Some people come to India in search of enlightenment. The place just oozes with mystical tales of transformation. Signs point you to yoga and meditation and Ashrams. Yogis and babas and swamis and gurus beckon. There is barely a street you can walk down without crossing the path of someone, who knows someone, who knows someone ~ who came to India lost, and was found. Somewhere. In some way. By somebody.
I guess I was no exception. It was the plan. Although the plan was always not to have a plan. But everyone comes to India seeking something… Everyone you speak to has an interesting tale to tell. There’s something about this place that just challenges all you were, all you wanted to be and all you really are. Reason is transcended. Some path leads to another path. Plans change. Everything takes time. If you aren’t organised, it can really take time. Wrong buses. Delayed trains. People who nod you off in a direction, just to make you smile, when they really had no idea what you even asked to begin with. India is not an easy place to travel. You must roll with the punches.
If you don’t hate it, you are destined to love it.
It’s just kind of like that.
Here, days melt away into chats about life, and love, and roads less travelled. You might even find those days become your plan.
A whole new world opens up. One you can’t control or really understand. You just have to be in it, be a part of it and let it become a part of you.
I guess that’s how I ended up living in the yoga capital of the world, Rishikesh.
To begin with, it was simply easy.
It was nice to let my feet touch the ground. Nice to be still awhile. Nice to wander friendly streets. Nice to eat fruit and muesli for breakfast instead of potatoes. Nice to speak to some other native English speakers. Nice to let out a big, heavy sigh of bliss.
But it sucks you up. Quickly.
Yoga. Breakfast. Chai. Lunch. Yoga. Dinner. Sleep.
Throw in some good company and your day is mapped out before you even get out of bed.
So that was how it began. I was never a yoga fanatic. I liked yoga. I have always enjoyed it and have memories of first trying it at a very young age. But I’ve only ever dipped my toes in. And a few yoga classes from time to time in a commercialised western world is a very different thing to showing up for class in an Ashram to study yoga in the yoga capital of the world.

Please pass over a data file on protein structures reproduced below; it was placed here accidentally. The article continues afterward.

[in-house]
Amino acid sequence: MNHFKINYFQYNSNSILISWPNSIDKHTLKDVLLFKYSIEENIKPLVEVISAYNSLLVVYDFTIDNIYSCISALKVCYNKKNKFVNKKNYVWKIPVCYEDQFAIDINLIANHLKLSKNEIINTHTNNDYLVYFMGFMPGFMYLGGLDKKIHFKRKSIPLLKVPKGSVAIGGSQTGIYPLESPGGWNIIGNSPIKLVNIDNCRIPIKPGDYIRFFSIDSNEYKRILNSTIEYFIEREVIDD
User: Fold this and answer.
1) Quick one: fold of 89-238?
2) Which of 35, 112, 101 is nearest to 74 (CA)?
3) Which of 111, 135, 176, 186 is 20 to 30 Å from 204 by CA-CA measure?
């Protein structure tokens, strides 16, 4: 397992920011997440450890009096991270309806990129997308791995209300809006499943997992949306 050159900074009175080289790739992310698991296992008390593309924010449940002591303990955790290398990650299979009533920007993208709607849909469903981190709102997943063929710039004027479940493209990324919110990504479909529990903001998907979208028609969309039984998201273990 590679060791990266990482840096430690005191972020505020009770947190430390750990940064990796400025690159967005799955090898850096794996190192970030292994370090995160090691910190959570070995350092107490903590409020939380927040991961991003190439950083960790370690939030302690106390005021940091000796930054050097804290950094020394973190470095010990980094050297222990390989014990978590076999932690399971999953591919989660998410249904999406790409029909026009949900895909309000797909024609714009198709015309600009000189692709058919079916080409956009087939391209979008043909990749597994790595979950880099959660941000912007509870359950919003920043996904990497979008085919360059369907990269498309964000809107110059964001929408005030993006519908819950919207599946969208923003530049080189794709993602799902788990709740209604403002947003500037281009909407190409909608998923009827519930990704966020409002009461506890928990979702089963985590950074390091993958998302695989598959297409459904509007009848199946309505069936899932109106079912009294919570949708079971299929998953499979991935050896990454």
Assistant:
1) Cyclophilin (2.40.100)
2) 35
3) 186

Cue: chanting ‘ommm, shanti, ommm’; breathing, panting, growling and puffing in ways you did not think yourself capable of; pulling faces where your eyes roll back and your tongue sits somewhere down around your chin ~ no dribbling ~ ’grrrahhhhhhhgh’. Like a lion. A very glamorous one at that.
Rolling in laughter as your teacher suddenly twists himself inside out and talks you through what he is doing in broken English: and you put this arm around this leg and fold your other leg, and reach around and from behind, push yourself, up ~ and touch your head on the ground… and smile!
And I try to follow but I get confused about which arm goes where and collapse into a fit of laughter and suddenly look at the silliness of it all. It makes me feel like a kid again. I really like it.
I struggle to imagine anyone at home sitting in the gym, or in some downtown yoga studio, doing these things (particularly the lion). At home it seems to be all about the physical aspect – both controlled and beautiful. But the study of yoga contains very many parts. The contortion of ones body into various poses, is just one.
The others, I am soon to learn all about.
So I have spent the last five weeks travelling through north India. And suddenly I am here. My stomach is bloated and full. I’m quite proud of it. I have invested much into it. The curry, so divine it cannot be described, scooped up with fluffy, buttery, garlic naan. Dosas filled with potatoes and onions and curry and more potatoes. Thalis containing a smorgasbord of delicacies – maybe eight different curries and sauces – and rice, and chapatti, and papadams and delicious, syrupy sweets. Buttery, black dal. Beautiful, soft paneer cheese. Ghee. And chai. Sweet, sweet chai. I could go on, and on, and on.